The potential anticancer effects of these two agents have been known for some time and are supported by a range of in vitro studies and animal modelling. Many of the key studies have been examined and collated into review articles (19,20), yet there have been scant clinical trials to confirm the efficacy and benefit; especially as single-use agents. This has not, however, dissuaded the public from using these sorts of drugs in the hope that they will work ‘better’ than conventional treatments. Indeed, in more recent times, LDN and CBD have actually been used together in the belief they are complementary irrespective of the fact that there are no data suggesting a benefit to using them together as anticancer agents. The only study we could find that reported the use of LDN and CBD was a murine study reporting a benefit to using the two as a way of reducing the motivation of mice to self-administer ethanol (21). The benefit was only observed when the two drugs were used concomitantly as CBD appeared to support/promote the action of LDN. Although the MOA was not defined, the need for signalling cascades common to both agents appeared important. Thus, as an attempt to shed more light in this field, we examined the effect that combining LDN with CBD may have on the growth and survival characteristics of cell lines in vitro. We also assessed the effect of these novel combinations on the cytotoxic effects of certain chemotherapy drugs. Finally, we examined the best drug-combinations utilizing murine studies to establish the optimum tumour-reducing treatment schedule.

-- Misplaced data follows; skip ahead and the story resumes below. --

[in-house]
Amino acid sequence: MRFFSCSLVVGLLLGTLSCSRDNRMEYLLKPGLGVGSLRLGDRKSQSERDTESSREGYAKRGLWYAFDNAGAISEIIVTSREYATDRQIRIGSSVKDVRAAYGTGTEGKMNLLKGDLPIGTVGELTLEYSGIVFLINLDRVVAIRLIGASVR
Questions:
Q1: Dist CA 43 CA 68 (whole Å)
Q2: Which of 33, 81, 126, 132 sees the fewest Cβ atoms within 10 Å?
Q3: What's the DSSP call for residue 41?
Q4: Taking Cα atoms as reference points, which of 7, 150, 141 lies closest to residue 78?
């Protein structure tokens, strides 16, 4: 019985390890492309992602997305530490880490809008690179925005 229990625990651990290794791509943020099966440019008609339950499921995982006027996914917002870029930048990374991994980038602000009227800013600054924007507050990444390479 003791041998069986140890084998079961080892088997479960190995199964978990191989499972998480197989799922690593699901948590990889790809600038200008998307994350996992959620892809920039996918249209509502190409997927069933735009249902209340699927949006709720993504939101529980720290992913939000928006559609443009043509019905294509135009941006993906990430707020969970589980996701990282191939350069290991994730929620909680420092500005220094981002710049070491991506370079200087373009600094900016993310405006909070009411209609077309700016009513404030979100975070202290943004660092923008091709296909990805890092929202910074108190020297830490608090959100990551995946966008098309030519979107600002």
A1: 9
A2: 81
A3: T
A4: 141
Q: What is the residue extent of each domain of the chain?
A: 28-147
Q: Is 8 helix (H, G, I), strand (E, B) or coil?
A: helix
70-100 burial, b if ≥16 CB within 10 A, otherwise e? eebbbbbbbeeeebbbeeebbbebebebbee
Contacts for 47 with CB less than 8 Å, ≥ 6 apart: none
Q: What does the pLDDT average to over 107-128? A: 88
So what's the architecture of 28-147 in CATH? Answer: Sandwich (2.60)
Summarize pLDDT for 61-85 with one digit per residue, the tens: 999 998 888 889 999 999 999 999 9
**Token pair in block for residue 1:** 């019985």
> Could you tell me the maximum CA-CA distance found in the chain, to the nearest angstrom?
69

LDN and CBD display actions and features that are extremely similar to each other. They both interact loosely with receptors that result in intracellular modifications, which lead to the desired response. The receptors involved are not the same for both drugs, but are all part of the G-protein coupled receptor (GPCR) superfamily (22). Activation of these receptors can cause changes to similar downstream signalling cascades, which although overlapping in places, lead to effects specific to each drug individually. Anticancer actions have been loosely attributed to and associated with two routes of action. Firstly, both CBD and LDN can directly interfere with cell signalling systems within cancer cells that can result in an arrest of cell proliferation. In some circumstances, this arrest in cell cycling can lead to apoptosis (23,24). Second, both are capable of modifying the host immune system, which can re-educate and stimulate and direct an immune-based cytotoxic response against cancer cells (1,25). Given these actions, it appears that both CBD and LDN reduce cell numbers by inducing a cytostatic effect rather than killing cells directly.